Saturday, December 05, 2009

Book Video Trailers Work for Print Communicators, Too!

By Reno Lovison

It seems counterintuitive to speak to authors and publishers about video. After all these are people engaged in the printed word. Some people have asked, “Aren’t print and video in competition with one another?”

I would like to dispel the idea of various communications media being in competition. As authors, publishers, video producers, webmasters, speakers or whatever we are first and foremost communicators. The medium we use primarily may be our specialty but the media is not our message. We should be willing to explore whatever media provide the best chance of communicating what we want to say. Just as traditional television and video has used print to promote its message so should sellers and providers of print be willing to use video to bring people to their message. What has changed is the fact that video promotion via the Internet is now within the reach of small businesses and niche markets.

If you are not familiar with the term; “book video trailers” are short videos similar to movie trailers that aim to pique the interest of viewers. These short multi-media productions typically less than two minutes and often as short as thirty seconds have the ability to provide potential readers which much more information by simultaneously using pictures, graphics, written words, spoken words and even music to set the tone and describe the content of a book. You can view some videos at

Video trailers are fast becoming an essential aspect of book promotion for the same reasons that video is becoming an essential aspect of business promotion in general. Now that nearly 90% of Americans have access to high speed Internet connections at home, school or work; video is viable. YouTube has brought attention to video on the web by serving up over one billion video views per week as of October 2009, essentially bringing it out of the shadows and making it a mainstream Internet activity. This demonstrates that people are willing to watch video on the web and all reports indicate that people are actually seeking video content as a preferred information medium making YouTube the second largest search engine after Google.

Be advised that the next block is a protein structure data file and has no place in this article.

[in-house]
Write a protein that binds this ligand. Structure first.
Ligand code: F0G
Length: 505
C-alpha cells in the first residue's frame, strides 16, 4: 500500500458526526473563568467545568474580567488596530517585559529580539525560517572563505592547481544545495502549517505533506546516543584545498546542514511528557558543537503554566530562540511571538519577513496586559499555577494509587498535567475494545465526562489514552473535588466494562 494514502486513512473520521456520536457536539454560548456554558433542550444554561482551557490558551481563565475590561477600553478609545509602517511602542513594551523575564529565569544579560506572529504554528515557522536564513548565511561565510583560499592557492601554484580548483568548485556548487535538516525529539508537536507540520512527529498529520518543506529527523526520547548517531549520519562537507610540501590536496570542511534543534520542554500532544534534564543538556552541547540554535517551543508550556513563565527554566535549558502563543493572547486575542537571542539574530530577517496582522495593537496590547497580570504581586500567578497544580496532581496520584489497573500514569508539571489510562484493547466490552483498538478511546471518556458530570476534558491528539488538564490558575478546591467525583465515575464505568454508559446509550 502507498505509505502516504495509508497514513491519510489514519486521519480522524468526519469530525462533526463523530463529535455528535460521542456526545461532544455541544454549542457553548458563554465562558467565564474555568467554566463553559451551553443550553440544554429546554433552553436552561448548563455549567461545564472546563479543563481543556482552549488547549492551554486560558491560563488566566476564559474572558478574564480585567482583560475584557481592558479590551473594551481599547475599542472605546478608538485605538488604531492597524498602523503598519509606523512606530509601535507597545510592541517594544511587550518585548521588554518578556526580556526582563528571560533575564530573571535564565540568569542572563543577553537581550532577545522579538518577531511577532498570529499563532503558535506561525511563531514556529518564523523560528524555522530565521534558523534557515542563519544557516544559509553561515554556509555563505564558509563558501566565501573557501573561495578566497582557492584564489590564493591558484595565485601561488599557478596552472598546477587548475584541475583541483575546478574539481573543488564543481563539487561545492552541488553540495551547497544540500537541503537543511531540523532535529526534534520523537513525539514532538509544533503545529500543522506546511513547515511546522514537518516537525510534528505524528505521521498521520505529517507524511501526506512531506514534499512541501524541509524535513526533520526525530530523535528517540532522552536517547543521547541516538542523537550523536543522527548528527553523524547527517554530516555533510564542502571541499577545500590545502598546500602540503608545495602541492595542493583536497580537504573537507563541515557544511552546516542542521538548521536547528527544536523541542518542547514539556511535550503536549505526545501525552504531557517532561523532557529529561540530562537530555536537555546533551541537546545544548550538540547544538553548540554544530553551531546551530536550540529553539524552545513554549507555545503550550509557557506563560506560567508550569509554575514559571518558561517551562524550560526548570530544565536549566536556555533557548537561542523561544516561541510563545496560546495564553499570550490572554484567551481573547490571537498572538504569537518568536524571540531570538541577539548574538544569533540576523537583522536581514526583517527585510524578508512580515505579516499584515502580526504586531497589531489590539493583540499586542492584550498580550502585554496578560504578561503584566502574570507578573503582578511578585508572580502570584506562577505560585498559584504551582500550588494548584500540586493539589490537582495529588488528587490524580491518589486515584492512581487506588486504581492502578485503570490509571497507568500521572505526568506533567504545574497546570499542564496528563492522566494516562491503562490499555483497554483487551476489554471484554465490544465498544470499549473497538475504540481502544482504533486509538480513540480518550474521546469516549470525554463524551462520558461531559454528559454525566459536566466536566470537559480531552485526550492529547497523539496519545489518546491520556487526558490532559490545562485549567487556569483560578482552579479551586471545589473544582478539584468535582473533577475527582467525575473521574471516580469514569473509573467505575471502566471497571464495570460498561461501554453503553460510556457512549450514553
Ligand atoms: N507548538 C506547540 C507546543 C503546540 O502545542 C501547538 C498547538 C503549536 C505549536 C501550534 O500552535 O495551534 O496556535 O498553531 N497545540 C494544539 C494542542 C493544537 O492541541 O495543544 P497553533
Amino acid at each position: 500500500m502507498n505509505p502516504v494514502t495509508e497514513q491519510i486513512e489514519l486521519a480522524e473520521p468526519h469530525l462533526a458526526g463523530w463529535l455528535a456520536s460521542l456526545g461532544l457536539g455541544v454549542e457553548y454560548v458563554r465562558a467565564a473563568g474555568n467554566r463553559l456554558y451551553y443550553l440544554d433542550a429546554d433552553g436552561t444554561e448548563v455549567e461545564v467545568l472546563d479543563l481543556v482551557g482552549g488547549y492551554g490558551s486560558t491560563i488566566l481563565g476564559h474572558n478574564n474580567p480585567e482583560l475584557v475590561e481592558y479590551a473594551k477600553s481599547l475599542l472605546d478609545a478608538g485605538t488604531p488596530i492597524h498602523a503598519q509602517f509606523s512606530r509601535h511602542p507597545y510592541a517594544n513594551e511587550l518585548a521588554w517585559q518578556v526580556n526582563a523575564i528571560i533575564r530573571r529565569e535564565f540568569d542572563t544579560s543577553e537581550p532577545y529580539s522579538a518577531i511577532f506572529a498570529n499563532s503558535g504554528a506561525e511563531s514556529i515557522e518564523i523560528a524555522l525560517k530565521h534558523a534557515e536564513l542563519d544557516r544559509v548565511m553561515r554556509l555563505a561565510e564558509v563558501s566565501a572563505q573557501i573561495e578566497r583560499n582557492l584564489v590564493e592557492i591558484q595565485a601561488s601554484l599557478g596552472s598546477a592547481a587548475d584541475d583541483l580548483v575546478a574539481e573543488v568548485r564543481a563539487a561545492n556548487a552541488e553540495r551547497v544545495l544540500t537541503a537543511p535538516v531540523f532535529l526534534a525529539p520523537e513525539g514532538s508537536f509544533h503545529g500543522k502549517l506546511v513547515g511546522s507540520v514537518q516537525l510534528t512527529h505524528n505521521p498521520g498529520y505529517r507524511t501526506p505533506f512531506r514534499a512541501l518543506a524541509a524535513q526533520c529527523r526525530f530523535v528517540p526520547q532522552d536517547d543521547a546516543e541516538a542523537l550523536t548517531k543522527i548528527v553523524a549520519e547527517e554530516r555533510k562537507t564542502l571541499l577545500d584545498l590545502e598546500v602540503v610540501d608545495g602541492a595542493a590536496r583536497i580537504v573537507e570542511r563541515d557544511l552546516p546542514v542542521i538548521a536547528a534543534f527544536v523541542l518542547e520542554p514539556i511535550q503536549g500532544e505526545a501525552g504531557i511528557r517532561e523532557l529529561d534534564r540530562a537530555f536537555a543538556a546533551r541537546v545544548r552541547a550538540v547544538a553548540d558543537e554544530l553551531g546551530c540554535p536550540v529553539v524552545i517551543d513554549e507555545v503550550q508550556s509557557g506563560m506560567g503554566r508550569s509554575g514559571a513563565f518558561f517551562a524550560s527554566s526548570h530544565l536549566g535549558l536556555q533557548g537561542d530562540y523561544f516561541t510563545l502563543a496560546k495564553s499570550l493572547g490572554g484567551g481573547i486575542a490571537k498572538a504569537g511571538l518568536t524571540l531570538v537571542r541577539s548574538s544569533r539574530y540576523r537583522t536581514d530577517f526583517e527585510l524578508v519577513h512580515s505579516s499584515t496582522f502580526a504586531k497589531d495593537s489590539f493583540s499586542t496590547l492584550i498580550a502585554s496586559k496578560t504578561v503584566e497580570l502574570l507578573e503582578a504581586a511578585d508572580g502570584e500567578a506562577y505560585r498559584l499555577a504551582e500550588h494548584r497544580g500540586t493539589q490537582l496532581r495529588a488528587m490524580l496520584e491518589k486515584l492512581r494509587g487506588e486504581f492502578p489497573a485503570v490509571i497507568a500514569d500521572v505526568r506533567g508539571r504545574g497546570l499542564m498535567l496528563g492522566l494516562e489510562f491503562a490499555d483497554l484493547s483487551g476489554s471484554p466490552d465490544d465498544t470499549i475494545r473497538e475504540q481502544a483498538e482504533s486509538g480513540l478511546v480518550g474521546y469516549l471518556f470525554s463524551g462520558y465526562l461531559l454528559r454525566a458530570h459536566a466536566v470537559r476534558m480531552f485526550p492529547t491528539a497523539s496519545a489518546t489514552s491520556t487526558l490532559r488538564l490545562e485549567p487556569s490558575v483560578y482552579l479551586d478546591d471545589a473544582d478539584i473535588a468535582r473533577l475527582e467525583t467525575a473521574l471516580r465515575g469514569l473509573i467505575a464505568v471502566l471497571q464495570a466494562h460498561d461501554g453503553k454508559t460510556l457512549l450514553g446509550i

Think back only a few years ago when ecommerce began to really take off. Book buyers were among the first adopters of online buying, spawning and changing the face of book buying forever. Books are still one of the most actively sought and most often purchased items via the web. It only follows that there are millions of people looking for information about books online. How do you stand out from the crowd? How do you ensure that your message is everywhere your potential readers expect to find it? Video allows you to control and deliver your message efficiently and effectively. Video is the medium du jour but it is also the technology that will potentially change the Internet significantly as the lines between broadcast television and online video continue to blur. Our static websites and current web pages will be quaint when compared to the interactive, multi-media rich websites of the near future. I predict that by the end of 2010 nearly every website will have at least one video presented. Web video and book video trailers are not some avant-garde futuristic curiosity. Rather they are a growing and essential web element. The sooner you embrace the technology the better chance you have to use this short window of time to be an early adopter and thus attract more attention to your message.

Reno Lovison has seen book marketing from both sides. He is a producer of book video trailers and the author of “Turn Your Business Card Into Business.” Learn more about book video trailer production at .

Note: Here is my personal recommendation. A few years ago I had a book trailer done that was not at all satisfactory. The producer didn't understand the concept of marketing, particulary not for nonfiction books. I approached Reno with trepidation. I have been thrilled with the results. Here they are:

Carolyn Howard-Johnson, author of This Is the Place; Harkening: A Collection of Stories Remembered; Tracings, a chapbook of poetry; and two how to books for writers, The Frugal Book Promoter: How To Do What Your Publisher Won't and The Frugal Editor: Put Your Best Book Forward to Avoid Humiliation and Ensure Success. Her FRUGAL book for retailers is A Retailer’s Guide to Frugal In-Store Promotions: How To Increase Profits and Spit in the Eyes of Economic Downturns with Thrifty Events and Sales Techniques. She is also the author of the Amazon Short, "The Great First Impression Book Proposal". Some of her other blogs are, a blog where authors can recycle their favorite reviews. She also blogs at all things editing, grammar, formatting and more at The Frugal, Smart and Tuned-In Editor blog.

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